Barry Hannah dies at 67; award-winning Southern author
Author Barry Hannah, whose fiction was laced with dark humor and populated by hard-drinking Southerners, died Monday at his home in Oxford, Miss. He was 67.
Hannah’s son Barry Jr. told the Clarion Ledger newspaper in Jackson, Miss., that his father died of an apparent heart attack.
Hannah’s first novel, “Geronimo Rex,” was published in 1972. It received the William Faulkner prize for writing and was nominated for a National Book Award.
His 1996 short story collection, “High Lonesome,” was nominated for a Pulitzer Prize.
In a review of the 2001 novel “Yonder Stands Your Orphan,” Publishers Weekly described Hannah’s writing as “Tennessee Williams, Flannery O’Connor, Harry Crews, Peter Dexter and Clyde Edgerton all squished together, baked in hush-puppy batter, dipped in honey and sprinkled with Jim Beam.”
Michael Harris, reviewing “High Lonesome” in The Times, praised Hannah’s distinctive style and voice.
“Southern writers can be likened to a pack of hounds, crashing through the Mississippi canebreaks in pursuit of William Faulkner, still the biggest bear in the woods. . . . Few, though, are bred as singularly as Hannah.”
His style, Harris wrote, “demands that we make up our mind about it. . . . It makes us itch, like ticks on a dog -- the deliberate crudity of syntax and punctuation, sentences telescoped inside one another like railroad cars in a head-on wreck, dialogue blurred into narration, a mongrel mix of formal diction and dialect.”
Novelist and Mississippi native Richard Ford called Hannah “a shooting star.”
“Barry could somehow make the English sentence generous and unpredictable, yet still make wonderful sense, which for readers is thrilling,” Ford said from his home in Maine.
“You never knew the source of the next word. But he seemed to command the short story form and the novel form and make those forms up newly for himself.”
Longtime friend Malcolm White, director of the Mississippi Arts Commission, said Hannah “loved words, fishing, his family and going fast.”
“Barry was Mississippi’s irreverent poet of the dark side, our rebellious, misfit uncle of the nightlife, the voice of the unrehearsed and the unapologetic outburst in the corner of the room,” White said.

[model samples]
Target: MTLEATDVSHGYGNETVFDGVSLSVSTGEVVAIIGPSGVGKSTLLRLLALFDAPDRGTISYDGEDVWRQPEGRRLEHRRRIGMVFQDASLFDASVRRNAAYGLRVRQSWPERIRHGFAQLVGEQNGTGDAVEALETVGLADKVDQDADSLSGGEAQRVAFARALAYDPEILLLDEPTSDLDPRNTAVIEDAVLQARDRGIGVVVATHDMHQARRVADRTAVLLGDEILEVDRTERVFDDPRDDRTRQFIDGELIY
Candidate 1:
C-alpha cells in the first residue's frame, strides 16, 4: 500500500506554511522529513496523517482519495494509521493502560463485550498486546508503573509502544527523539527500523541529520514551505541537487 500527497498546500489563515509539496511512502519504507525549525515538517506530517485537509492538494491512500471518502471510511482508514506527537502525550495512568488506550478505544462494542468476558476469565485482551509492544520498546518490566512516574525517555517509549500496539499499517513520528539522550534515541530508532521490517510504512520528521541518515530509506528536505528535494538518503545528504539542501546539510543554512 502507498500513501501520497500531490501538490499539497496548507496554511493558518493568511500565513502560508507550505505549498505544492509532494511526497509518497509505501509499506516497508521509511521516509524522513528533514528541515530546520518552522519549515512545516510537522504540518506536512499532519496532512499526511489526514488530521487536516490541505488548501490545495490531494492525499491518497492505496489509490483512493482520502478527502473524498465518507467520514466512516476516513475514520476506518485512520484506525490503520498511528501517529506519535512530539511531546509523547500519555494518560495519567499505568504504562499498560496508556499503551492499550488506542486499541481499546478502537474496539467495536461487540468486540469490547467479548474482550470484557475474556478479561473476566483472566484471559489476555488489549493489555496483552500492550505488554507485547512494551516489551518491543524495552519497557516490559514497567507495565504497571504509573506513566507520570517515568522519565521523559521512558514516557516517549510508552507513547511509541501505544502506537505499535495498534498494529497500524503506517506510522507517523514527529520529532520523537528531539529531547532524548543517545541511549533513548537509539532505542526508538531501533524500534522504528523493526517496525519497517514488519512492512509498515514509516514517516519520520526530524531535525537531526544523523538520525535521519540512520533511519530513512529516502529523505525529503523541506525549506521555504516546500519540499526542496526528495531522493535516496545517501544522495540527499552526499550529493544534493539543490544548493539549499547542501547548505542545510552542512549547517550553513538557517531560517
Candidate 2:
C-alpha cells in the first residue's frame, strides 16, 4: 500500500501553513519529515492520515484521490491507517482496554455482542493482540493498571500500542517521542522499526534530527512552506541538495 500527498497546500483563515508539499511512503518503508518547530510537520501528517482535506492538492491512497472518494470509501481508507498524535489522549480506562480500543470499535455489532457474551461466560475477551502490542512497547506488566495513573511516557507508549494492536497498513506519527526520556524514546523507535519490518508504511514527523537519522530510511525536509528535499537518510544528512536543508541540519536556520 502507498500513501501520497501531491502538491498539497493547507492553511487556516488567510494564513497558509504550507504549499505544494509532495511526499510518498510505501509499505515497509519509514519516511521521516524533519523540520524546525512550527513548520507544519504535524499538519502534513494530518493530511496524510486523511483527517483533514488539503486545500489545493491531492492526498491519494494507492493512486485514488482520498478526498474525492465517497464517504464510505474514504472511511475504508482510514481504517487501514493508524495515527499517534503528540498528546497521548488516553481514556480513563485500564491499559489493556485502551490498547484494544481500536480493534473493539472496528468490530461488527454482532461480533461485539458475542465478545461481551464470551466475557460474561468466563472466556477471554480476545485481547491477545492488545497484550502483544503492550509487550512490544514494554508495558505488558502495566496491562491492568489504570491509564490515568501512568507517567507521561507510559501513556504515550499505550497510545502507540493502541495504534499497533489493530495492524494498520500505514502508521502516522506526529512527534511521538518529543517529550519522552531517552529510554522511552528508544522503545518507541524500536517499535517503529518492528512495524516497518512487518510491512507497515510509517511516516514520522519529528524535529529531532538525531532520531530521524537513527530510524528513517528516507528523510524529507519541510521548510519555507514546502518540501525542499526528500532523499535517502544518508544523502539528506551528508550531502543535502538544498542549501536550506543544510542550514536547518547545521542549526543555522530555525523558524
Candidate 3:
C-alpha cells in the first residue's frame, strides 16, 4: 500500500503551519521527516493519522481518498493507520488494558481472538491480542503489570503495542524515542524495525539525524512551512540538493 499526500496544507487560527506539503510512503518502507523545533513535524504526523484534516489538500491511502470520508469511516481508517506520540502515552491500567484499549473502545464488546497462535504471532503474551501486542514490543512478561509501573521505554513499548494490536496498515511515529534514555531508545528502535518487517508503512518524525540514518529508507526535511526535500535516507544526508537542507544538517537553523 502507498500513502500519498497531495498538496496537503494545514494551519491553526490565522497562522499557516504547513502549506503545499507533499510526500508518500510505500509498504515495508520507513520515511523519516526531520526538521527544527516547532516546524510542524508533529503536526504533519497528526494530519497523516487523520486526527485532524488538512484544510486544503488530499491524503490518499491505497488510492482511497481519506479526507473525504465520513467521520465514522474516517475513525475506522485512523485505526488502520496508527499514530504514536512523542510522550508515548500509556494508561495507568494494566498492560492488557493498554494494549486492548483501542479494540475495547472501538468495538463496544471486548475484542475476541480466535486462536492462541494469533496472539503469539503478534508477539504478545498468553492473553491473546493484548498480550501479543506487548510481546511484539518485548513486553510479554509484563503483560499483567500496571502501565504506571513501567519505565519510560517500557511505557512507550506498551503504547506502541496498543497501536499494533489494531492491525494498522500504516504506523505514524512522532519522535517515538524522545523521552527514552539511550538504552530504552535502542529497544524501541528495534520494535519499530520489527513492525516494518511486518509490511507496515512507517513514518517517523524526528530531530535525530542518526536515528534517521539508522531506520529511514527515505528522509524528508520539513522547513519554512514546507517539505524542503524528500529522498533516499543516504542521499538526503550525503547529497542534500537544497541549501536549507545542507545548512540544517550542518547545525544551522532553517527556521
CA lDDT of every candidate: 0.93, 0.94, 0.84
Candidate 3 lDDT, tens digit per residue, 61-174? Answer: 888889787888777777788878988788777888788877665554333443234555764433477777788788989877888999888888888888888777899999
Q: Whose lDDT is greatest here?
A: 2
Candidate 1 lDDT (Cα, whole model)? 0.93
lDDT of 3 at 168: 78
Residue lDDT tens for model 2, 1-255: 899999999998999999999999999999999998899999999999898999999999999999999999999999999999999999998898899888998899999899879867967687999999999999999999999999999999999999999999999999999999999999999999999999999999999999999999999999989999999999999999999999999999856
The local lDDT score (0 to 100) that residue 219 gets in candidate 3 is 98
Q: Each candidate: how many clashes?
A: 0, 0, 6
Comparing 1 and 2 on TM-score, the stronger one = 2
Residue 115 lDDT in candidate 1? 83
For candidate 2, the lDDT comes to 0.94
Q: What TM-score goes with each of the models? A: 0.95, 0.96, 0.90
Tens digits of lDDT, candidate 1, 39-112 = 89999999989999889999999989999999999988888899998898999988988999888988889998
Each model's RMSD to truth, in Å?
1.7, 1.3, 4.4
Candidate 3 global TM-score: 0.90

Born in 1942, Hannah was reared in Mississippi. He graduated in 1964 from Mississippi College in Clinton and later earned a master’s degree in creative writing at the University of Arkansas.
He taught writing at the University of Mississippi for more than 25 years and spent time as writer in residence at the University of Iowa, University of Montana-Missoula and Middlebury College in Vermont.
He also worked for director Robert Altman, then wrote about his experiences in the 1989 autobiographical novel “Boomerang.”
In 2003, Hannah was given the PEN/Malamud Award, which recognizes excellence in the art of short fiction.
“The main part of my stories always comes out of life,” Hannah said in a Contemporary Authors profile.
“I’m terribly affected by something, obsessed with it, or find a situation I can’t forget, and then the rest is imagination. . . . I have to do quite a bit of life or I just don’t feel like I have anything to say.”
Ford said he and Hannah often spoke about the idea of “Southernness.”
“We circled the whole issue of Southernness differently,” said Ford, whose novel, “Independence Day,” won the 1996 Pulitzer Prize for fiction. “I think he embraced it in a way that he took sustenance from. He chose to live in William Faulkner’s town, chose to stay in the South, to his great strength and credit. But he was not a regional talent. He was much larger than that.”
Hannah’s survivors include his wife, Susan; and three children.